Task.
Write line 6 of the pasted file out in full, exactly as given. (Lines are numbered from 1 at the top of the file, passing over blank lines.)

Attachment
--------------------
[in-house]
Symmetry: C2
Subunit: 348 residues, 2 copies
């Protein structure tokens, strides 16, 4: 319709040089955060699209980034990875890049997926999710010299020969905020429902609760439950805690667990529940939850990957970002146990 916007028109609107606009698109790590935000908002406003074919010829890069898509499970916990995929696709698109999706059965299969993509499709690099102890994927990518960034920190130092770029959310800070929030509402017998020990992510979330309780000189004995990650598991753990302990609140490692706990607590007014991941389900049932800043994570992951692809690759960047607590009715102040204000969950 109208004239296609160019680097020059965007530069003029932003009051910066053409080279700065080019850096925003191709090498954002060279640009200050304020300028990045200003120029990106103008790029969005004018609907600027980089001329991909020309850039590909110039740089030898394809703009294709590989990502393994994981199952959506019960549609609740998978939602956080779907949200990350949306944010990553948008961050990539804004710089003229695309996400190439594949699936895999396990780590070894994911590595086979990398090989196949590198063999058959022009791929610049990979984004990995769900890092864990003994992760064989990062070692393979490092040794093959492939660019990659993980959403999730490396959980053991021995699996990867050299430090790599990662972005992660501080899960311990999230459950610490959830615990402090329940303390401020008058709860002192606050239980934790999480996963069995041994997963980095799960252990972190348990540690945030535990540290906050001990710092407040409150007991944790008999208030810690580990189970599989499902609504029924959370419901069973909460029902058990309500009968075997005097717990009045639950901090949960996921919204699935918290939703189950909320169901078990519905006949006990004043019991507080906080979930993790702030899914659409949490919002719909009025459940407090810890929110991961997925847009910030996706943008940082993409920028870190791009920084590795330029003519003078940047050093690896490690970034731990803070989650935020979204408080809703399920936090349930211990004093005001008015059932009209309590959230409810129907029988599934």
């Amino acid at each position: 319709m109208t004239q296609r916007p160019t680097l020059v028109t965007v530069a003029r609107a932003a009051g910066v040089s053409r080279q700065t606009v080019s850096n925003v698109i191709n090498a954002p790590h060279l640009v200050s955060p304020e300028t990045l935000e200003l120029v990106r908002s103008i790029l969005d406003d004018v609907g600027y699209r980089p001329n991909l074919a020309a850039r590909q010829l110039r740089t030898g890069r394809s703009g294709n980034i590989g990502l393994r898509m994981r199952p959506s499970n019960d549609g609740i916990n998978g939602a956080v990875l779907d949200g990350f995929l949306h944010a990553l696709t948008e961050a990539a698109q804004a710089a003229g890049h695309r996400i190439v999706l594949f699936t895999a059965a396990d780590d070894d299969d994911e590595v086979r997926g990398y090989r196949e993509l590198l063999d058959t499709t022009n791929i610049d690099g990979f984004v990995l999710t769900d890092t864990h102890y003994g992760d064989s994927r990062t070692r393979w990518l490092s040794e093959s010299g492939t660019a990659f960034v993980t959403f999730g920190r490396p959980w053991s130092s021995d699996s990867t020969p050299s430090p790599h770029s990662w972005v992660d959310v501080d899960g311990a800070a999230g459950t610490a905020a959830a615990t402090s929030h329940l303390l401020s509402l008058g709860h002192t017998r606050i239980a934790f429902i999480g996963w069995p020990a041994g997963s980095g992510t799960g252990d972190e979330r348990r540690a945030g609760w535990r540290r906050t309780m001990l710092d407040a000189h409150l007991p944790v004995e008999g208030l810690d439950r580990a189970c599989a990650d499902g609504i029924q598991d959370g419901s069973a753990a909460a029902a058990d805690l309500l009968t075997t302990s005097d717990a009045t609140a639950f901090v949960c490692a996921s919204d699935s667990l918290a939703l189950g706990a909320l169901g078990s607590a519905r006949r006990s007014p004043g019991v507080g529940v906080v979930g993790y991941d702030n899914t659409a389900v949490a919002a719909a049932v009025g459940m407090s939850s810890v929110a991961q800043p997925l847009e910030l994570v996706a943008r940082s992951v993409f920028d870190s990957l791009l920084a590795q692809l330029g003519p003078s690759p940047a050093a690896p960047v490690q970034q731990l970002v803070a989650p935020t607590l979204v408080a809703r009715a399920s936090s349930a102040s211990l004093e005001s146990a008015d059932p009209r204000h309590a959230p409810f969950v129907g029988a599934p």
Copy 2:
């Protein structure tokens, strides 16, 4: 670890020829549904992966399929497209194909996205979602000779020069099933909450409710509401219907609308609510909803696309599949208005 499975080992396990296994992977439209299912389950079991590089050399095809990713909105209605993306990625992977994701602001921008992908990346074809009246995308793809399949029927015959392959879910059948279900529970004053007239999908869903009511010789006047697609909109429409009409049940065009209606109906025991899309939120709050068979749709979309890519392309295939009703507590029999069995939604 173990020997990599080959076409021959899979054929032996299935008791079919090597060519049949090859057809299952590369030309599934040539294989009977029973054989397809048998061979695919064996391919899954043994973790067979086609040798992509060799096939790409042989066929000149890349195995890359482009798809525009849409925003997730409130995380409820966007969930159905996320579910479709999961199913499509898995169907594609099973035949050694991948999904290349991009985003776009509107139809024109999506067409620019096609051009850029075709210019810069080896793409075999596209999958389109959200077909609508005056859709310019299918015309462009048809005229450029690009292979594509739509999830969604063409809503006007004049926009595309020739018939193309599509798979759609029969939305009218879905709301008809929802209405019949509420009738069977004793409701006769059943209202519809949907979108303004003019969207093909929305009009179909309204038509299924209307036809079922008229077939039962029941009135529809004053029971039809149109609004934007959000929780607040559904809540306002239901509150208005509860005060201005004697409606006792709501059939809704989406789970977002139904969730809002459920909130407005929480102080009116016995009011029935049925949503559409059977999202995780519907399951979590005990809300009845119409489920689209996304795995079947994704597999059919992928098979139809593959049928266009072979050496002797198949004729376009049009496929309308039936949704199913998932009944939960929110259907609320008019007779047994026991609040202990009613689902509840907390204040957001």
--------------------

Copy 2: